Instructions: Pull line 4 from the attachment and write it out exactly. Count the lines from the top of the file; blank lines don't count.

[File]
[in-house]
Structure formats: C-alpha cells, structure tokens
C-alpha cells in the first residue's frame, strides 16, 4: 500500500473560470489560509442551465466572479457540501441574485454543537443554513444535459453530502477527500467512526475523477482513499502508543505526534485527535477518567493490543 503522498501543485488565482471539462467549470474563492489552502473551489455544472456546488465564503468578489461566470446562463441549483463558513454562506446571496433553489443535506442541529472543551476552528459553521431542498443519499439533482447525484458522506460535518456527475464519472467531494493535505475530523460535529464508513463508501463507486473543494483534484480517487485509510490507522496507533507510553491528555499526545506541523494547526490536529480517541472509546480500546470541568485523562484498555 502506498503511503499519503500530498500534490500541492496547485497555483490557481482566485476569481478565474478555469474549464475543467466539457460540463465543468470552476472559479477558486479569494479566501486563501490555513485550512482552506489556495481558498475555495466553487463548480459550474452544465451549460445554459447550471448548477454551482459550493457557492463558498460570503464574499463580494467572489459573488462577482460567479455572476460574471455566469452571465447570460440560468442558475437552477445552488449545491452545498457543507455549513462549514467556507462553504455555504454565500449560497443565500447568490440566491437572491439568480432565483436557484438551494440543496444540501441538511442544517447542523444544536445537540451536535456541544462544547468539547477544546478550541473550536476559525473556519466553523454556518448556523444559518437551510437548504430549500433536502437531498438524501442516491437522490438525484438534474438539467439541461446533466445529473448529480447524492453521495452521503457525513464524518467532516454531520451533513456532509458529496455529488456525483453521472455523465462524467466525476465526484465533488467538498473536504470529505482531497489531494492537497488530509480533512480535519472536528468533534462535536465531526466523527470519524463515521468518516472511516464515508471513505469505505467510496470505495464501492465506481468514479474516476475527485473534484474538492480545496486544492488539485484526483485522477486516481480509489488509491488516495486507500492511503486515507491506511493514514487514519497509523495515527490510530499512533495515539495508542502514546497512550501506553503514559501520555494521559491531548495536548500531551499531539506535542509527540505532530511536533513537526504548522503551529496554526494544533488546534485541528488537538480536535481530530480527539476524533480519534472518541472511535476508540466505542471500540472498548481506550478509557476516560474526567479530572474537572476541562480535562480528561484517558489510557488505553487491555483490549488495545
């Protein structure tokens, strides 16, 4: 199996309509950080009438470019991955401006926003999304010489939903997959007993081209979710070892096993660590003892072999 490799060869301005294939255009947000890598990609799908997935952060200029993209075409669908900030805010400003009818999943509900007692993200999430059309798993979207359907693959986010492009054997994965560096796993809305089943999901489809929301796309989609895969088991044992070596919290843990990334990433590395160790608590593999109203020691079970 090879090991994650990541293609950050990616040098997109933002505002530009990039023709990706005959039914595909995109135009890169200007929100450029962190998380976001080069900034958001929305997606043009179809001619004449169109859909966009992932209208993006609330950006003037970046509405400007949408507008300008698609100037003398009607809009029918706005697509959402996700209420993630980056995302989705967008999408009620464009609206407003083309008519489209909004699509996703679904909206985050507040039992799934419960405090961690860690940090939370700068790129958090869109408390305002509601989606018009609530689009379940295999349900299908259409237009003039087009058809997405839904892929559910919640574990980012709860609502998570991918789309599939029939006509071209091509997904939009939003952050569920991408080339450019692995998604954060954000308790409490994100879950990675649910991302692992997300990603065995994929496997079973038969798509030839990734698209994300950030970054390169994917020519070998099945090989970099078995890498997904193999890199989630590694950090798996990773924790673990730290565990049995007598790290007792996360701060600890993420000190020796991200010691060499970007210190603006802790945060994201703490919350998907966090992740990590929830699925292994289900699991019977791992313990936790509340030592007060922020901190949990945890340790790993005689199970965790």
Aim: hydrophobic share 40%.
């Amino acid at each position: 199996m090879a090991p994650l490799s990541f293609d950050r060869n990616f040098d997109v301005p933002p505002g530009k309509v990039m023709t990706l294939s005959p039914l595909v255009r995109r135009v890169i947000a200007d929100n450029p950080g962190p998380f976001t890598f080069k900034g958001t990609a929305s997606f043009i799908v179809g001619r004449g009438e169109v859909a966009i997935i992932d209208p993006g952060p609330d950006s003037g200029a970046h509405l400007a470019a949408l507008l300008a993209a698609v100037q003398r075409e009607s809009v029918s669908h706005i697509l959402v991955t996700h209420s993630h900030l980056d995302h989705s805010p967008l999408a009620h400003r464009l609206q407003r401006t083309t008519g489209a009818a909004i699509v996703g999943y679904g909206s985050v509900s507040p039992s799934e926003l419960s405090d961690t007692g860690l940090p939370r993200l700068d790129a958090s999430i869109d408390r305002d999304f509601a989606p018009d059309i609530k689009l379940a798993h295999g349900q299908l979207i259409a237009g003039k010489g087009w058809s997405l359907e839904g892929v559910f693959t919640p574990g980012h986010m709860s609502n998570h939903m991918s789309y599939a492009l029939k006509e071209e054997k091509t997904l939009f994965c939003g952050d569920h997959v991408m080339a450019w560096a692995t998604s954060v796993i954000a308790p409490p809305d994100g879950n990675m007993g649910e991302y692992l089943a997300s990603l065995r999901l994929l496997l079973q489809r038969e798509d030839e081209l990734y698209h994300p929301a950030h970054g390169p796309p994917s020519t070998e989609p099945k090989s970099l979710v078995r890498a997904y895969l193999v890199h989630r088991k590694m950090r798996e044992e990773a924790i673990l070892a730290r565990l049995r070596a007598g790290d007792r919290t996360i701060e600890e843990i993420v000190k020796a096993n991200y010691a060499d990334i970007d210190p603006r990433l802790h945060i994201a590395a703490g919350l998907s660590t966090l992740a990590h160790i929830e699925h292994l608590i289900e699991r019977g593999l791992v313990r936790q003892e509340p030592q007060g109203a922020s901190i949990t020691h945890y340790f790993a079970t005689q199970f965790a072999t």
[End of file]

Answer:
């Protein structure tokens, strides 16, 4: 199996309509950080009438470019991955401006926003999304010489939903997959007993081209979710070892096993660590003892072999 490799060869301005294939255009947000890598990609799908997935952060200029993209075409669908900030805010400003009818999943509900007692993200999430059309798993979207359907693959986010492009054997994965560096796993809305089943999901489809929301796309989609895969088991044992070596919290843990990334990433590395160790608590593999109203020691079970 090879090991994650990541293609950050990616040098997109933002505002530009990039023709990706005959039914595909995109135009890169200007929100450029962190998380976001080069900034958001929305997606043009179809001619004449169109859909966009992932209208993006609330950006003037970046509405400007949408507008300008698609100037003398009607809009029918706005697509959402996700209420993630980056995302989705967008999408009620464009609206407003083309008519489209909004699509996703679904909206985050507040039992799934419960405090961690860690940090939370700068790129958090869109408390305002509601989606018009609530689009379940295999349900299908259409237009003039087009058809997405839904892929559910919640574990980012709860609502998570991918789309599939029939006509071209091509997904939009939003952050569920991408080339450019692995998604954060954000308790409490994100879950990675649910991302692992997300990603065995994929496997079973038969798509030839990734698209994300950030970054390169994917020519070998099945090989970099078995890498997904193999890199989630590694950090798996990773924790673990730290565990049995007598790290007792996360701060600890993420000190020796991200010691060499970007210190603006802790945060994201703490919350998907966090992740990590929830699925292994289900699991019977791992313990936790509340030592007060922020901190949990945890340790790993005689199970965790």